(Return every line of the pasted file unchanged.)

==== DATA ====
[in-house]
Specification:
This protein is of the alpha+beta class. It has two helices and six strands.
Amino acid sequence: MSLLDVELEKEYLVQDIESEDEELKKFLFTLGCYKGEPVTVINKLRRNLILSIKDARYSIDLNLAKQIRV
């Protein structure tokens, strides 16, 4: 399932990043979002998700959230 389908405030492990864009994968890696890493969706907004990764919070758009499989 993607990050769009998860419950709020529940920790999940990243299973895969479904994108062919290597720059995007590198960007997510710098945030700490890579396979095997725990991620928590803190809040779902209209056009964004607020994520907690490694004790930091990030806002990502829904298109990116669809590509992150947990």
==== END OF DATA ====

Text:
[in-house]
Specification:
This protein is of the alpha+beta class. It has two helices and six strands.
Amino acid sequence: MSLLDVELEKEYLVQDIESEDEELKKFLFTLGCYKGEPVTVINKLRRNLILSIKDARYSIDLNLAKQIRV
């Protein structure tokens, strides 16, 4: 399932990043979002998700959230 389908405030492990864009994968890696890493969706907004990764919070758009499989 993607990050769009998860419950709020529940920790999940990243299973895969479904994108062919290597720059995007590198960007997510710098945030700490890579396979095997725990991620928590803190809040779902209209056009964004607020994520907690490694004790930091990030806002990502829904298109990116669809590509992150947990």